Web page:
2 Russia: Grass and Missiles

Russia: Grass and Missiles

Posted on July 22, 2016 by marina

We arrived at the village and then drove to the resort, to a small slate career. The nearest underground missile silo was in two hundred meters from that place. Once, the formidable intercontinental ballistic missile R-36M UTTKh lived in the underground missile silo, otherwise called Satan. But now there is no rocket inside it, there only a small house remained. Today my story will be about the house and other underground constructions.

We arrived. We left the car and walked down the thickets of wild pea and hemp fields. Not inclined to think that it is grown especially by locals – too big and chaotic plantations. But I was sure that in the autumn there would be enough harvest for all the surrounding villages. Some individual plants were higher than I.

After half a kilometer, ended both the hemp field and solid soil. Before the gaze stretched not a swamp, not a lake. It was the epicenter of the odor stercoris. The surface springed as the bog trying to swallow the unwary travelers. We are jumping from hummock to hummock, hesitantly moved forward. A couple of times the bumps disappeared, and we had to look for a workaround.

Finally, we found a passage and took to the road. It led directly to the position. The missile silo was mothballed after leaving by militaries. It was very difficult to find it.

Squeezed, I found myself in the little low room with steel walls.

Only little railings to the left and right separate me from the depths of 40 meters.  Down to the very bottom of the mine, there were more open ladders but I hesitated to go down.

On our way back, we were much more competently, we didn’t get on hummocks, but followed the road. After dinner, we began to prepare for the second objective of our trip – to visit the Fortified command post that ruled this (and the five others) missile silo.

The Fortified command post was not within walking distance, so we used a jeep. In general, the FCP is on conservation and protected from looting black metal by the Ministry of Defence. But if you keep quiet, it’s possible to visit it.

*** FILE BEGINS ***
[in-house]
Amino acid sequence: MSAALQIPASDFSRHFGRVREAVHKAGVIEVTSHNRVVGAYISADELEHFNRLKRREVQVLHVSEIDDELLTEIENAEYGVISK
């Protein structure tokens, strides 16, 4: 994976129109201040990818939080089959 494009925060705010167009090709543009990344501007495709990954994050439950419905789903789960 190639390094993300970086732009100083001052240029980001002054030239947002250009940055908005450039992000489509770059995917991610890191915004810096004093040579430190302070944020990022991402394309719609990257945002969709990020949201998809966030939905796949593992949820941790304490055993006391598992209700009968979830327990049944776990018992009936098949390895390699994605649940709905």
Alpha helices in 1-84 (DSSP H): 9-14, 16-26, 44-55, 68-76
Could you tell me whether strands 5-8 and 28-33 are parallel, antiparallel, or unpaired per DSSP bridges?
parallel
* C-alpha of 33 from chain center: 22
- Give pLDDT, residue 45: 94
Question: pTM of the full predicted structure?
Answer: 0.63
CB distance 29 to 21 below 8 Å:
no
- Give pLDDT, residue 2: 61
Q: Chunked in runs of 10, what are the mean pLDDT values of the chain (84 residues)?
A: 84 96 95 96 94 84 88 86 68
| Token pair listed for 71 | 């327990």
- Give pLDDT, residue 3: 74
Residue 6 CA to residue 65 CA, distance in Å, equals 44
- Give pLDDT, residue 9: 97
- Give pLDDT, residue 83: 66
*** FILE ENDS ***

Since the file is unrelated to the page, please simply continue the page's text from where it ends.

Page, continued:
The fortified command post is the same as the underground missile silo but inside this is not rocket, but twelve-cylinder level container. Cylinder is suspended on shock absorbers, which allows it to douse the seismic vibrations from possible nuclear explosions.


It’s quite closely there. The usual way to move between levels was an elevator but now it is paralyzed and lays on the bottom. We have to climb on the side ladders. Red ones are fire ladders that take place throughout the depth of the mine. Yellow ones combine various technology storeys.

Travel between the levels of the cylinder is also not an easy task. In the normal state, there were stairs between floors. Someone cut them off and we had to cling to the edge with our hands, our feet rested against an empty rack hardware, in order to climb to the top. Sharp edges of the hatches, spilled slippery oil and the likelihood of falling on a couple of levels down, gave the spicy thrill to our occupation.


Actually, this Fortified command post reached us in a very good condition. Yes, someone seized all electronic equipment, cut off manhole covers, internal ladders and robbed fancy chairs. But, at the same time, they retained the rest of the ferrous metal, including diesels full of copper, silver plated wire connections and gold-plated connectors.

There were a toilet and beds on the lowest 12th level. The stopped elevator rested here. I inspected everything and began to crawl up nonexistent ladders. Passed over the 11th, 10th and 9th level.


On the 8th level, I understood that no longer can easily creep, there was an absolutely empty compartment. I had to climb back but decided to escape through the elevator shaft. There was something to grab to crawl to the fire ladder. Then I got down to the very bottom of the mine, took some photos and then left the Fortified command post.

Mission: complete.


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2 responses to “Russia: Grass and Missiles”

  1. Les. Hayward says:

    An excellent report with some first-rate photography. You have some very interesting sites in Russia!

  2. john dudley says:

    Cool posting,cool thing to see.

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